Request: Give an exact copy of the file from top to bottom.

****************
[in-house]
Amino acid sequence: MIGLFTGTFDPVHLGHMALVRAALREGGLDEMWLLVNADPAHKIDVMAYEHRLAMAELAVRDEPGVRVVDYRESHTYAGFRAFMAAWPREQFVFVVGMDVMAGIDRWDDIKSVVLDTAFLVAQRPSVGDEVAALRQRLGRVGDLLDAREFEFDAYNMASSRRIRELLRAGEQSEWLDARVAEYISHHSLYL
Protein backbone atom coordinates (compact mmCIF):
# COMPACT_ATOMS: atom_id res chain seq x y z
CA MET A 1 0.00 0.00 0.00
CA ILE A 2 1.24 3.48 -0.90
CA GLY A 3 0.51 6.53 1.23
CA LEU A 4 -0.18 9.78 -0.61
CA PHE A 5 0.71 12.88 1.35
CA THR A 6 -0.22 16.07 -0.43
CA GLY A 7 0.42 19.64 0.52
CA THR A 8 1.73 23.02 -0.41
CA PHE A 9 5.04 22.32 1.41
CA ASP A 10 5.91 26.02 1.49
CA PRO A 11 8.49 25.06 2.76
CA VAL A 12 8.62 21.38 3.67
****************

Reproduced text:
[in-house]
Amino acid sequence: MIGLFTGTFDPVHLGHMALVRAALREGGLDEMWLLVNADPAHKIDVMAYEHRLAMAELAVRDEPGVRVVDYRESHTYAGFRAFMAAWPREQFVFVVGMDVMAGIDRWDDIKSVVLDTAFLVAQRPSVGDEVAALRQRLGRVGDLLDAREFEFDAYNMASSRRIRELLRAGEQSEWLDARVAEYISHHSLYL
Protein backbone atom coordinates (compact mmCIF):
# COMPACT_ATOMS: atom_id res chain seq x y z
CA MET A 1 0.00 0.00 0.00
CA ILE A 2 1.24 3.48 -0.90
CA GLY A 3 0.51 6.53 1.23
CA LEU A 4 -0.18 9.78 -0.61
CA PHE A 5 0.71 12.88 1.35
CA THR A 6 -0.22 16.07 -0.43
CA GLY A 7 0.42 19.64 0.52
CA THR A 8 1.73 23.02 -0.41
CA PHE A 9 5.04 22.32 1.41
CA ASP A 10 5.91 26.02 1.49
CA PRO A 11 8.49 25.06 2.76
CA VAL A 12 8.62 21.38 3.67